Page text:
Gobana Dacchi was given the task of conquering the surrounding Oromo and other ethnic groups in Shawa. Gobana accomplished this with speed, through threat of force and promise of local autonomy. He allowed Oromo leaders to keep their lands in return for payment of tribute to Menilek. Gobana Dacchi brought significant changes to the territories newly added to Menilek’s kingdom. He established katamas ...

Article

Harlem  

Marcy S. Sacks

The black presence in New York City dates back to the earliest years of Dutch colonization in the early seventeenth century. Over the generations, as the population of Manhattan increased in size, the once relatively scattered black population gradually became more concentrated within fewer geographic regions of the city. The 1800s witnessed the beginning of an uptown march, as the black population that had been centered in the working-class district of Five Points on the lower tip of the island early in the century faced residential pressures, leading it to shift its hub into modern-day Greenwich Village, then to an area known as the Tenderloin situated approximately between Twentieth and Fortieth streets. Though racial prejudice limited their housing options, black New Yorkers in the nineteenth century nevertheless lived in fairly heterogeneous working-class communities alongside ethnic whites.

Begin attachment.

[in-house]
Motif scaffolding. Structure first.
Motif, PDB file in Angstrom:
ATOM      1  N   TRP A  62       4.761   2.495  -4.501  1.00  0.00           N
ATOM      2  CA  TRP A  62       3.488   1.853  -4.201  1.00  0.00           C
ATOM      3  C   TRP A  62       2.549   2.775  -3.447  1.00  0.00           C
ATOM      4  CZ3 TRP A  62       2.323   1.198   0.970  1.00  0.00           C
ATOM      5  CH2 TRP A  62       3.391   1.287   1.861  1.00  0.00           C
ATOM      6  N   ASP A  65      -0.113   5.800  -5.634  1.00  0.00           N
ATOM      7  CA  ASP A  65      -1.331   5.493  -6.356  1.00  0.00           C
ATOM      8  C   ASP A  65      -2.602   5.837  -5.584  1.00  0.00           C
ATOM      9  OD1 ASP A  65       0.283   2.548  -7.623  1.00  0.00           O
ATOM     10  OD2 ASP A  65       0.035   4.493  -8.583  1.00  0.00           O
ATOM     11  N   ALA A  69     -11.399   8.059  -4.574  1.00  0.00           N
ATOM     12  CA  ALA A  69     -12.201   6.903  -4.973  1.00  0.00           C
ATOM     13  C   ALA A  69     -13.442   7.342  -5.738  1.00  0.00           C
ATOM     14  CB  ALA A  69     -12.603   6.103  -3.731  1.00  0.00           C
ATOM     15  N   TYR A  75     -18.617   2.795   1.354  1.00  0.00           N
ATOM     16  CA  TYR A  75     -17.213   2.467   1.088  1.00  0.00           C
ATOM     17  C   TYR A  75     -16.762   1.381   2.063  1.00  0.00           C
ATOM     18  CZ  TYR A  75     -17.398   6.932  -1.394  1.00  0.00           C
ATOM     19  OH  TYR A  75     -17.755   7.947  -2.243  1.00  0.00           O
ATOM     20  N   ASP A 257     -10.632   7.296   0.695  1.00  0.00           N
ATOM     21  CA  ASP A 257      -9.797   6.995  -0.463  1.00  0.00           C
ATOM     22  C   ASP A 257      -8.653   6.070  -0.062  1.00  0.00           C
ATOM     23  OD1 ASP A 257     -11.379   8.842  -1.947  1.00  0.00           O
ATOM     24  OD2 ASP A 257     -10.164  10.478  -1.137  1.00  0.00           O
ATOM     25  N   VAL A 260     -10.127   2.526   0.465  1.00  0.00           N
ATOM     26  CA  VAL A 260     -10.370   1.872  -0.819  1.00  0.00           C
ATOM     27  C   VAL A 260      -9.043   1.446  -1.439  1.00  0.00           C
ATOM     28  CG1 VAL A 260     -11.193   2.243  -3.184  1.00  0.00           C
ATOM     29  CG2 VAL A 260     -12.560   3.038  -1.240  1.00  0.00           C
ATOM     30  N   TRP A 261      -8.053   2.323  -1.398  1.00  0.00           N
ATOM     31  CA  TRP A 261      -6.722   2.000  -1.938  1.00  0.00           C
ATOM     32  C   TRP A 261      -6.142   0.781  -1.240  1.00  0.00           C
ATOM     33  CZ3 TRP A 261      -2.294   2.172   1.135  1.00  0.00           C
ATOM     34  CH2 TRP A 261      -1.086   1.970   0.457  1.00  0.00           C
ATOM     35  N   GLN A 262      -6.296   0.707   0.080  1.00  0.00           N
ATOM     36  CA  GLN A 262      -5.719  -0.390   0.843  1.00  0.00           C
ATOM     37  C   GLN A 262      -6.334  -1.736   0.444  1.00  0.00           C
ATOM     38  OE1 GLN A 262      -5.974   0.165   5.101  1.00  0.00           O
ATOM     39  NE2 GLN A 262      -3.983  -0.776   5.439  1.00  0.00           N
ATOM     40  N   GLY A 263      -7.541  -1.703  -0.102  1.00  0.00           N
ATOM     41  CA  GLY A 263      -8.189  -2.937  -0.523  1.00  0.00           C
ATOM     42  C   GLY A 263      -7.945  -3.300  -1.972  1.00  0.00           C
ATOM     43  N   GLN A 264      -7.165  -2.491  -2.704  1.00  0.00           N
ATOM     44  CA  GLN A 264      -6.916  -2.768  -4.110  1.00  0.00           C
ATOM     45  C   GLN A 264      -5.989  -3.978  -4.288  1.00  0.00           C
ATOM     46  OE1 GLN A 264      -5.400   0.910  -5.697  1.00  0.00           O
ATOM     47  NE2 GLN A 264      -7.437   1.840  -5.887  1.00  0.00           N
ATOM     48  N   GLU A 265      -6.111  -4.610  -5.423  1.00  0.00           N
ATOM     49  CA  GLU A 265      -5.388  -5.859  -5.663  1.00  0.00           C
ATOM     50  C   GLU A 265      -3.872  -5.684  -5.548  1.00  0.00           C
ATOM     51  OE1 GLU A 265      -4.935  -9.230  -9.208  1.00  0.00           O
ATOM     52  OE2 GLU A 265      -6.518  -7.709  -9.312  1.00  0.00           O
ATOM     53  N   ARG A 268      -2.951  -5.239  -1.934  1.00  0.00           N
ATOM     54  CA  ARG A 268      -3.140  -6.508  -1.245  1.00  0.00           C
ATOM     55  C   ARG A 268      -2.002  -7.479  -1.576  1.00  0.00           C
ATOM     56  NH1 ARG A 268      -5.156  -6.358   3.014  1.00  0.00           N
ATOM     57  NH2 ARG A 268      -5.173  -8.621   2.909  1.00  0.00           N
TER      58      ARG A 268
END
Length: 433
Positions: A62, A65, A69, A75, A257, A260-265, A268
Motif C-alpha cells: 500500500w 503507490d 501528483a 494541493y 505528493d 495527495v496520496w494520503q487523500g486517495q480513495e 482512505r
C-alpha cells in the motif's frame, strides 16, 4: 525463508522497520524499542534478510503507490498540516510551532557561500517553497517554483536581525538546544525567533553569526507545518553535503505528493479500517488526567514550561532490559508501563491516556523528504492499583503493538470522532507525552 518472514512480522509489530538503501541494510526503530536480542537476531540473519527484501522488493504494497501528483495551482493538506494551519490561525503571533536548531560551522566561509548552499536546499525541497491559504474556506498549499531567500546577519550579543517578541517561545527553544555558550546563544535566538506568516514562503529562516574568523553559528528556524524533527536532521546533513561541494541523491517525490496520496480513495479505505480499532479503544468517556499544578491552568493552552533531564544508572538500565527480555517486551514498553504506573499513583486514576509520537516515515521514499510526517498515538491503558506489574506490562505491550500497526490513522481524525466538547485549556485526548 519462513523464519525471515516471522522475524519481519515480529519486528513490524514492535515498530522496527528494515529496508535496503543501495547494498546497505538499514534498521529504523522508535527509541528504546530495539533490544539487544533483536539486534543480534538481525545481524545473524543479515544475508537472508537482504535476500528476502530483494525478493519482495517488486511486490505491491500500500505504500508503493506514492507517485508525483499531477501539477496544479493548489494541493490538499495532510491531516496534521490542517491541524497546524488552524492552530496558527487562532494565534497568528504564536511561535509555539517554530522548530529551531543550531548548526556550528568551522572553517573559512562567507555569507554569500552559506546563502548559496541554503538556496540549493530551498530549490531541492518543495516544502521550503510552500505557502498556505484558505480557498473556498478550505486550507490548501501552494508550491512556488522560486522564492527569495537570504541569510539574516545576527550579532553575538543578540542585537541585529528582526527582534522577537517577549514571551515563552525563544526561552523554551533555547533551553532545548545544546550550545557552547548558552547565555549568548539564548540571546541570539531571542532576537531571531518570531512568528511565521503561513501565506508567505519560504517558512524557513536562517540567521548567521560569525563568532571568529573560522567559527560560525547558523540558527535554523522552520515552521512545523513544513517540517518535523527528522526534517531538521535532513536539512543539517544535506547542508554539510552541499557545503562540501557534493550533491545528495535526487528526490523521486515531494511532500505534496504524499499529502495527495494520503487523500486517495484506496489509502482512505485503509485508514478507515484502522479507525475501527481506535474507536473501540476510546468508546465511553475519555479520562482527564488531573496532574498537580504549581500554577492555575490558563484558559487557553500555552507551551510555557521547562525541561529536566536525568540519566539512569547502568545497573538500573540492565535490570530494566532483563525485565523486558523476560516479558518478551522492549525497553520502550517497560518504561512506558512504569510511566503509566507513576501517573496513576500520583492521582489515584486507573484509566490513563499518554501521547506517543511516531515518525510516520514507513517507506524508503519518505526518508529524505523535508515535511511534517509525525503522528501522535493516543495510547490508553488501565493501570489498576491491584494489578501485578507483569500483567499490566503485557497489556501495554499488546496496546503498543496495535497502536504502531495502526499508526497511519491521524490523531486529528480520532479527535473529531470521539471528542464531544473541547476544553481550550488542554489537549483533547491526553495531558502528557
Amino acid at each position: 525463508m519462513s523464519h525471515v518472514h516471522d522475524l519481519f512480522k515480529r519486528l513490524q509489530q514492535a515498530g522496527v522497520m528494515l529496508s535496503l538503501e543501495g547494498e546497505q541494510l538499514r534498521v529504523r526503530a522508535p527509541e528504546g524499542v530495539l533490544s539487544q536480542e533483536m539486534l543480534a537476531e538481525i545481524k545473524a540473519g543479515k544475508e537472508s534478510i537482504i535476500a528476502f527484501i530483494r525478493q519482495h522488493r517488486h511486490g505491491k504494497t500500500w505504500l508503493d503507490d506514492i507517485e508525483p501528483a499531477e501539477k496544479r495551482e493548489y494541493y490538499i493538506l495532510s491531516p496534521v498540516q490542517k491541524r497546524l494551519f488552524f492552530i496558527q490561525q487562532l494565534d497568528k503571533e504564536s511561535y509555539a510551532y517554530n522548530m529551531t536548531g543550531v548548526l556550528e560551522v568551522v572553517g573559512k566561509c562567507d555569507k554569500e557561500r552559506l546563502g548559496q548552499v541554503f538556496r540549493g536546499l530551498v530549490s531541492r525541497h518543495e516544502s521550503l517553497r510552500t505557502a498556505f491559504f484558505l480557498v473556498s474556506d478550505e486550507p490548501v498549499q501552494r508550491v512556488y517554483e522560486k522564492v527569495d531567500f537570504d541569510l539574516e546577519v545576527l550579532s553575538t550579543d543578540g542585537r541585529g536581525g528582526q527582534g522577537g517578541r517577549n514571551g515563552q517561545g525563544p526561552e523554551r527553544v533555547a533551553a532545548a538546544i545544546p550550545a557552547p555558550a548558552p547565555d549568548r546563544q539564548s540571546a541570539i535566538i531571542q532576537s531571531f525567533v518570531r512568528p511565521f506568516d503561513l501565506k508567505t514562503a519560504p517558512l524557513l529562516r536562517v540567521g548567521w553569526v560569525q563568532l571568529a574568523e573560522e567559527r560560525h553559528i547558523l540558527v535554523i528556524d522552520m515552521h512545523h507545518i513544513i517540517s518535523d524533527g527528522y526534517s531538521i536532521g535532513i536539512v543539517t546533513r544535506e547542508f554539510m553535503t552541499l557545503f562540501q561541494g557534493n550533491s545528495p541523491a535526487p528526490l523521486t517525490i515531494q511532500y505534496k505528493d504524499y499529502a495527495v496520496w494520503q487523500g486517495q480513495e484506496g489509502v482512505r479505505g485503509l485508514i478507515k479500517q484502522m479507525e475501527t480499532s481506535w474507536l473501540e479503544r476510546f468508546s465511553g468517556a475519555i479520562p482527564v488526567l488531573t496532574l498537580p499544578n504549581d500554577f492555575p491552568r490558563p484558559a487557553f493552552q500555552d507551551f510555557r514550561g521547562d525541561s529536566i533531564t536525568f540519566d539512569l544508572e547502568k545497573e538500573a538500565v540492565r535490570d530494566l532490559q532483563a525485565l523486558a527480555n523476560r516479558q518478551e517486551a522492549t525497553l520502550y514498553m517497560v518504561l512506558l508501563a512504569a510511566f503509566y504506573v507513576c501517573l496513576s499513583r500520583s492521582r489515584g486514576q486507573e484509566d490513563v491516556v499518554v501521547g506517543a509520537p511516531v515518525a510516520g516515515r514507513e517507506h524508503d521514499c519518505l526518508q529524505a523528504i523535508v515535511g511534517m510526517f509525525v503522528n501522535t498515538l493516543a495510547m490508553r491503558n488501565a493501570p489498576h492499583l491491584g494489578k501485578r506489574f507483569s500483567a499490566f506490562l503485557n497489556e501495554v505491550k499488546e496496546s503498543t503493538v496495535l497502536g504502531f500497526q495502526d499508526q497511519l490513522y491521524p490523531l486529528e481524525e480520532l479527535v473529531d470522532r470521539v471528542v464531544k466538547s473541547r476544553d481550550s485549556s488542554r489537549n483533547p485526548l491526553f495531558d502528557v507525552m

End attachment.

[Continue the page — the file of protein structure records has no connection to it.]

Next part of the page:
The turn of the twentieth century however witnessed a precipitous growth in the black ...

Article

Theodore W. Eversole

The range of American organizations that can be accurately labeled “hate groups” is wide, but in general they share a common ideological commitment to intolerance and racism. These groups often manifest a willingness to use violence or the threat of violence to achieve their aims. Such entities function on the political fringes of a liberal democracy and feed on the suspicions, hatreds, and frustrations of people who see minorities as the root of all evil. Such philosophies deny both reality and the rational. Hate groups thrive on assumptions of supposed racial superiority, and commonly see themselves as defenders of a threatened but undefined American culture.

Historically and conceptually these groups are not new but have in various forms and disguises existed for years They are a reactive force to changing domestic circumstances such as late nineteenth and early twentieth century Catholic and Jewish immigration as well as African American liberation ...

Article

Jeremy Rich

king of the Tio kingdom of the Téké people, was born at the village of Ngon, near the Gamboma River in modern Republic of the Congo. He belonged to a royal lineage since his probable grandfather, Opontaba, had been king. His kingdom engaged in several wars against Bobangui slave traders who lived north of the Malebo Pool on the Congo River in the mid-nineteenth century. The pool served as a vital meeting place for slave and ivory trading and had been controlled by Téké leaders for several centuries. Bobangui forces ultimately forced Iloo to make some concessions toward their demand for trading rights on the pool in the 1850s or 1860s. Between 1865 and 1870 Iloo was elected king by a group of powerful noble leaders The monarchy did not pass down directly from father to son among the Téké Kings were chosen by negotiations between a council of ...